Brief remarks on missions to Polynesia [microform]

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illuktrent la













MISSIONS TO POLYNESIA. part of the heathen world since the days of the first lieraMs have missionary enterprises bnen more saccessfal, than to Polynesia; the history of which, at the same time that it gives ample testimony to the sufficiency and remedial efficacy of the gospel to raise ban from his iallen state of degradation and misery, and to restore him

To no




^ virtue, holiness, and to God; also, gives the most satisluctory and

comarguments of Infidels, hy which, they in saligning the gospel, endeavour to show that it is insufficie'nt to raise jian from his fallen state ,and to civilize, moralizo, and bles3 him. And'it Is worthy of remark, that it Wijs at a time when bold during Infidels, cspecially on the Continent of Europe, were raising their blaspheming tongues against God and the holy doctrines of the cros:^, ( to which they were indebted for many of the blessings which they enjoyed,) that it [pleased God to give wonderful success to the preaching of the gospel by iHis servants pmong the barbarous natives of Eastern Polynesia, who ivere thereby blessed in all their civil, and Spiritual relations. And » i.js, by the eJevation and salvation of one of the most savage and deplete refutation to ail the subtle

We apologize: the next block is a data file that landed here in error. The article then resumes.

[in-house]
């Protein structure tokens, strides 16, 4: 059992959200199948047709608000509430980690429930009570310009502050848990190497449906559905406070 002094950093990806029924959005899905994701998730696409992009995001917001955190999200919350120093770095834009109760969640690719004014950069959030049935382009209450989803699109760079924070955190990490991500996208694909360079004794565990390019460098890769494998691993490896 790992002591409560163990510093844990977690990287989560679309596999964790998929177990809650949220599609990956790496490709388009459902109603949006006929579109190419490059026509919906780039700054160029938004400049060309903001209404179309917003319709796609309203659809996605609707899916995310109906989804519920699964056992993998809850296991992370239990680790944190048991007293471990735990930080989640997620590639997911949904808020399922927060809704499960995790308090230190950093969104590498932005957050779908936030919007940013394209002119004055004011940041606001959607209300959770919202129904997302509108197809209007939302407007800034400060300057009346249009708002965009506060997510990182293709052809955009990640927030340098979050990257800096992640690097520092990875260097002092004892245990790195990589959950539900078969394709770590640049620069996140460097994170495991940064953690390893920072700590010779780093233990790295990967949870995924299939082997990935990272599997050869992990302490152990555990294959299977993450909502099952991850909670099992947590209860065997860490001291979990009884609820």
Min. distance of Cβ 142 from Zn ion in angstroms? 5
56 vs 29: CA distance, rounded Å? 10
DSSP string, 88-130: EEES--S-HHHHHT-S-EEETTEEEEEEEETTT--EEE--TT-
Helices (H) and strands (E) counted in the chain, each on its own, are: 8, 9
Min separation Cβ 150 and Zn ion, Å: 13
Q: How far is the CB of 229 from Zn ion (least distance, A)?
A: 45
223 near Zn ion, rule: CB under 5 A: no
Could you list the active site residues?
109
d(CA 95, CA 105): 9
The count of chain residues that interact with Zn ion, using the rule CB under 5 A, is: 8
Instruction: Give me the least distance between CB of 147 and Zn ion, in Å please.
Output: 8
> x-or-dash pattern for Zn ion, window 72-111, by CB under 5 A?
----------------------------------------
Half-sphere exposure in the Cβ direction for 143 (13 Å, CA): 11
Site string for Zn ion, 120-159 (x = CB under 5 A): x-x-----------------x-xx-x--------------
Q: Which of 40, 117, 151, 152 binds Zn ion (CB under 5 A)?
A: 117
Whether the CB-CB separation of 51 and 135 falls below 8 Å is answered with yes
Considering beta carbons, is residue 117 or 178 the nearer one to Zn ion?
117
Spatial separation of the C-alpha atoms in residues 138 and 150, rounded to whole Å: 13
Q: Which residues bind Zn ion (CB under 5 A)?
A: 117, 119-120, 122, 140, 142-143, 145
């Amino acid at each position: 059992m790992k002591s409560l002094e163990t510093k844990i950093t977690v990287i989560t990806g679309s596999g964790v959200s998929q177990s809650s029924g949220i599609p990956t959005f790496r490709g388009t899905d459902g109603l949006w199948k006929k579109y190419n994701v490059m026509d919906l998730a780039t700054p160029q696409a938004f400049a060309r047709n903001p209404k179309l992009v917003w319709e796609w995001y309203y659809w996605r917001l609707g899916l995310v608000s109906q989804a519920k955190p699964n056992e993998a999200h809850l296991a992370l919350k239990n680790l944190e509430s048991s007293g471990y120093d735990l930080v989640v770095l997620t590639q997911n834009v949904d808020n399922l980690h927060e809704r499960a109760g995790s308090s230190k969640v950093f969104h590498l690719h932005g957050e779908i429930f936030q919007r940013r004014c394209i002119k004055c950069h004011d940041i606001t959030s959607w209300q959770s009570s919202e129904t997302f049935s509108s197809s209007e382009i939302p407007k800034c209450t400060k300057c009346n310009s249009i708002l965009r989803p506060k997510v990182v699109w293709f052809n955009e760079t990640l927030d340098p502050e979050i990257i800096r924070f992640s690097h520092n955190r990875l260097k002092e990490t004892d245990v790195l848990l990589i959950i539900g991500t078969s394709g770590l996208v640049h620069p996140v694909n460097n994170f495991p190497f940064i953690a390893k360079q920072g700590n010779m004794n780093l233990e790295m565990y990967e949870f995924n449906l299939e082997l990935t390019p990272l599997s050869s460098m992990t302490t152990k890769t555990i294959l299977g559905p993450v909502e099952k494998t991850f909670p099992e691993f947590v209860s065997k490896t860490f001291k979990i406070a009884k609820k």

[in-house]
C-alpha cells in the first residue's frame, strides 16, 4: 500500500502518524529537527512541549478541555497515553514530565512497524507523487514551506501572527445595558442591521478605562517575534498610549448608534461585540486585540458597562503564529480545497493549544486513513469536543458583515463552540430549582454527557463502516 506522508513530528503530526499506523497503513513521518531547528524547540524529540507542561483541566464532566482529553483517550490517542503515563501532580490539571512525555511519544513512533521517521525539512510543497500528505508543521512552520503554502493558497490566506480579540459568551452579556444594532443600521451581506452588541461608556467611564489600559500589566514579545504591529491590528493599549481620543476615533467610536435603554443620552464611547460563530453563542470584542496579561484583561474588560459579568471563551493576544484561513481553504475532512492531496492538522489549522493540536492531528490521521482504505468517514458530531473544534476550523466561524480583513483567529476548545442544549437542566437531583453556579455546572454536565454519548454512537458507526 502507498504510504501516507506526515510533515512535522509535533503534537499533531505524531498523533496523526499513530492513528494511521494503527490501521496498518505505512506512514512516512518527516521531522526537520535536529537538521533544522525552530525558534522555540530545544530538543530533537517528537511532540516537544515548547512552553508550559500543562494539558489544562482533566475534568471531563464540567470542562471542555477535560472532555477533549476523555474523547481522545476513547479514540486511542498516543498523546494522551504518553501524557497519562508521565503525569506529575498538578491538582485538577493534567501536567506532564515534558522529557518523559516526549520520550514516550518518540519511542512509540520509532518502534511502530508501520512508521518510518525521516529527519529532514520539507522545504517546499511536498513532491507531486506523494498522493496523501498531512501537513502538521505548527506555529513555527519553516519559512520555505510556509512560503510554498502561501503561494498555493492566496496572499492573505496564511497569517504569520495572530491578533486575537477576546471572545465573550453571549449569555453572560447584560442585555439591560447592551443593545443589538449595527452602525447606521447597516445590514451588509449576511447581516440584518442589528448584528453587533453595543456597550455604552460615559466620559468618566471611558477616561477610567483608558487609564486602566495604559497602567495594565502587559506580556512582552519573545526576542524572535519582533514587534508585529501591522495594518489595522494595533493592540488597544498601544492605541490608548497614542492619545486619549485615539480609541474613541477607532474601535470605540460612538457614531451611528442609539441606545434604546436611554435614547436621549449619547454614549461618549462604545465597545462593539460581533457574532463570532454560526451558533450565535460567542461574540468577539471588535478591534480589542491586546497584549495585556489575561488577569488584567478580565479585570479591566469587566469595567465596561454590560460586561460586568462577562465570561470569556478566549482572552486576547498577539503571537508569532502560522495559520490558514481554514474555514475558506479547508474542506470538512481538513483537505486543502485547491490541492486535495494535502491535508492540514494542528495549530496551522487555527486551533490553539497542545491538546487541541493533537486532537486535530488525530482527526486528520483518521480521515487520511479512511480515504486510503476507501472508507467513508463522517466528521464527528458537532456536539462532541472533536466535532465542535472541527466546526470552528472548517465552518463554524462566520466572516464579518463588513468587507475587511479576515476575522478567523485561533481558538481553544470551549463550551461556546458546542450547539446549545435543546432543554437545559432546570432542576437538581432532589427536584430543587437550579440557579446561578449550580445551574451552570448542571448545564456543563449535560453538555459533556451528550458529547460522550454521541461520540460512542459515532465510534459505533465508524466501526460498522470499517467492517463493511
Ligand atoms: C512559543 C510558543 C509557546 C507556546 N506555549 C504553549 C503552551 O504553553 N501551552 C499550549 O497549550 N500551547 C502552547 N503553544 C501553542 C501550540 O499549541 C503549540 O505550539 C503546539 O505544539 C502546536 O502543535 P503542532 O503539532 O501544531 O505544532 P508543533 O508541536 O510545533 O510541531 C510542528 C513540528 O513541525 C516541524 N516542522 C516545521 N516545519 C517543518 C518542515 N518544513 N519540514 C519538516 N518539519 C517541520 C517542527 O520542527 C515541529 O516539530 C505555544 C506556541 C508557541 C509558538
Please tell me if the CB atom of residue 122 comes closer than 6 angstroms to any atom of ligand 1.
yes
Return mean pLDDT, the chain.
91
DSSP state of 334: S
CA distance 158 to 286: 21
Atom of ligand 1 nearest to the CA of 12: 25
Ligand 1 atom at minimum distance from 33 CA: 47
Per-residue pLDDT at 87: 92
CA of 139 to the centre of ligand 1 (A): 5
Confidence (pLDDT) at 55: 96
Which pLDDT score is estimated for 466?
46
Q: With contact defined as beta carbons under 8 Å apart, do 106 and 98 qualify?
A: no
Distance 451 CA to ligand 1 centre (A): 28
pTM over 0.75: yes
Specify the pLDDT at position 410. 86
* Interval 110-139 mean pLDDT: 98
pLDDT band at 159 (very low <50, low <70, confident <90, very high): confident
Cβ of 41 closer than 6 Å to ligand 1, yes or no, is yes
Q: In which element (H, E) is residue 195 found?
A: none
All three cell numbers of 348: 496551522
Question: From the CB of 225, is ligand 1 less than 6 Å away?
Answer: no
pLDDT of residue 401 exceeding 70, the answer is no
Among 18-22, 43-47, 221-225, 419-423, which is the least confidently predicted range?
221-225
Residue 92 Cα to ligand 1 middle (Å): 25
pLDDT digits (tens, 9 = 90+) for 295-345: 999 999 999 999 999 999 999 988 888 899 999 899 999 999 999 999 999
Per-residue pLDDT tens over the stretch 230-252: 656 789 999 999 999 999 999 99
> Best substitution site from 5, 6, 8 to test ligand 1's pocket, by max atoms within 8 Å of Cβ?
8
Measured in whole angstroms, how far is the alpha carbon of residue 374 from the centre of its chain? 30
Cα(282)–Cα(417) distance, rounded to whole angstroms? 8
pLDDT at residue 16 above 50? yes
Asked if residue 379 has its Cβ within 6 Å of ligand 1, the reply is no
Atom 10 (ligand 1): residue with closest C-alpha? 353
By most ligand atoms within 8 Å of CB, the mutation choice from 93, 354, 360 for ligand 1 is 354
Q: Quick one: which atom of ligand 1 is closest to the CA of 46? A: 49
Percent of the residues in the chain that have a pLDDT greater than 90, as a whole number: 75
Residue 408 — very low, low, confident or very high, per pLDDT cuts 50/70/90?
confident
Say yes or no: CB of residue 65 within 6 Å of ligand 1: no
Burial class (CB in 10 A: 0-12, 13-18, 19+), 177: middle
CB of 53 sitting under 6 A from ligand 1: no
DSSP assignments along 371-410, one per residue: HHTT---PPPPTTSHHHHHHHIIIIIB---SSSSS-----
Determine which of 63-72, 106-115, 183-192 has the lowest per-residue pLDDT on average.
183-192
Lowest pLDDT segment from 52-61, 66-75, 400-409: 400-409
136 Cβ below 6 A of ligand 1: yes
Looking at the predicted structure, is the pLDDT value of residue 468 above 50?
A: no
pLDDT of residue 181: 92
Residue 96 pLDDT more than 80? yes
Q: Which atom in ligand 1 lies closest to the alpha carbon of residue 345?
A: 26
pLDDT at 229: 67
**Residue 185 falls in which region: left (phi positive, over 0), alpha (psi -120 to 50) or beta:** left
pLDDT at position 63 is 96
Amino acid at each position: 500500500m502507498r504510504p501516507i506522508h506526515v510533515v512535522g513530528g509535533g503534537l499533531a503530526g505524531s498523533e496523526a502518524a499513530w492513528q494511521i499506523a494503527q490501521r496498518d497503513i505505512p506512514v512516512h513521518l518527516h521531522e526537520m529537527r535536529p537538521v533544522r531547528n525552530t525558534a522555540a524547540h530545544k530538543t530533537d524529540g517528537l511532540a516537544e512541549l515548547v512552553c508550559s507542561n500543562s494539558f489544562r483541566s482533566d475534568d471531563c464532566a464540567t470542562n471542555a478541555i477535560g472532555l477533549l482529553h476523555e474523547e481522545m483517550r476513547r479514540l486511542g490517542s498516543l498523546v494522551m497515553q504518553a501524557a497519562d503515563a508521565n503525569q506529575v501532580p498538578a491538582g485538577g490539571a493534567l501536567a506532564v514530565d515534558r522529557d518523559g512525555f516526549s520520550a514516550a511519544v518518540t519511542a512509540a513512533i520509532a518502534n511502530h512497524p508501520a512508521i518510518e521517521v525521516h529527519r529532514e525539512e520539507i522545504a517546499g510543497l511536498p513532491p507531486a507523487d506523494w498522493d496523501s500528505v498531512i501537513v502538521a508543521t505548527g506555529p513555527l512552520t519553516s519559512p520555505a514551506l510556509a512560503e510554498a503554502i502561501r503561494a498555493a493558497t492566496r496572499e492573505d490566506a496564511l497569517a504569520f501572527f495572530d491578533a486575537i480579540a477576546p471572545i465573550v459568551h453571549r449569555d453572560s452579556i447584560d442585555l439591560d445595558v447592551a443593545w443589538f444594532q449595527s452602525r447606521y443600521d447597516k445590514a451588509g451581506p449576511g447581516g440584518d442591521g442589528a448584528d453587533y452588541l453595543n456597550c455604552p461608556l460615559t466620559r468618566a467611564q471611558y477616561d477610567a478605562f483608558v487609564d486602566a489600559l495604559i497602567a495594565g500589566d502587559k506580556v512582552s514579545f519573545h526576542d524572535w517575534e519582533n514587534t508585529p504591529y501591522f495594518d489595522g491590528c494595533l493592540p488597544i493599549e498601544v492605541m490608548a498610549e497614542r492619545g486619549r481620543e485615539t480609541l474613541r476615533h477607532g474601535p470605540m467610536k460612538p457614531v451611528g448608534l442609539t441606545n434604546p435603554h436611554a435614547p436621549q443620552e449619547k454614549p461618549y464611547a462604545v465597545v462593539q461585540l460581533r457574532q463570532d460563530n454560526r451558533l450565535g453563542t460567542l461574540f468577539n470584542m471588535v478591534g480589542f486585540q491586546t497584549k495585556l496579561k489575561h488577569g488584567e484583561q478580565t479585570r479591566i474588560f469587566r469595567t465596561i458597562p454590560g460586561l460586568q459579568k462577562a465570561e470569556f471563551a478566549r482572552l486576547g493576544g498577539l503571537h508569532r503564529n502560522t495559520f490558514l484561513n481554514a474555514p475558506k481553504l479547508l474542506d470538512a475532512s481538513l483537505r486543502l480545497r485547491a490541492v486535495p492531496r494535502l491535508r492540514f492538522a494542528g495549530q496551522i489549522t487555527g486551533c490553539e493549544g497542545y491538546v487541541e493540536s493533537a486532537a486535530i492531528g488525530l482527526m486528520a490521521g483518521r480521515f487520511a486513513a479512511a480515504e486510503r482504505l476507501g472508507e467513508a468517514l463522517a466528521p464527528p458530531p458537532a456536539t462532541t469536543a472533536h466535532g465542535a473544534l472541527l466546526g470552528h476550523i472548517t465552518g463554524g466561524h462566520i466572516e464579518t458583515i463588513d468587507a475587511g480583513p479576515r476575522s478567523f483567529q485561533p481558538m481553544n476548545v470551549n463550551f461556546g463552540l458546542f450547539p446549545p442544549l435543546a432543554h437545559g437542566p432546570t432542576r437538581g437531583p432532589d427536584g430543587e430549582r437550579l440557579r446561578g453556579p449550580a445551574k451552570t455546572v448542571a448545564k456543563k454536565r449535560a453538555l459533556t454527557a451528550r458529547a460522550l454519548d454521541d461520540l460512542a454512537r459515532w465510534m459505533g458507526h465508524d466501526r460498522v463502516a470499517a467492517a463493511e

Igraded portions of the


[which no other means could



by the preaching


of the gospel ,( to Infidels

)God gave such a rebuke

[llnd all unbeuevers,a8 should forever sufRce to shut their llence before the glorious triumphs of the gospel.


in si-

beautiful iskuds of tha Pacific were not discovered, till the latter Captain WalHs of his^ majesty's ship Dolphin, of the last century. [discovered the island of Tahiti in the year 1767, as he was directing his [way across the comparatively, untraversed waters of the Pacific; and he jwith no small joy took possession of it in the name of king George breeso for [II, and raised over it that flag, which has braved the battle But the missionaries of the cross subsequently, imore than 300 years. [took possession of it in the name of a gr«ater king,— even king Jesus; \an^ af^er a mighty struggle with the great enemy of souls, by the help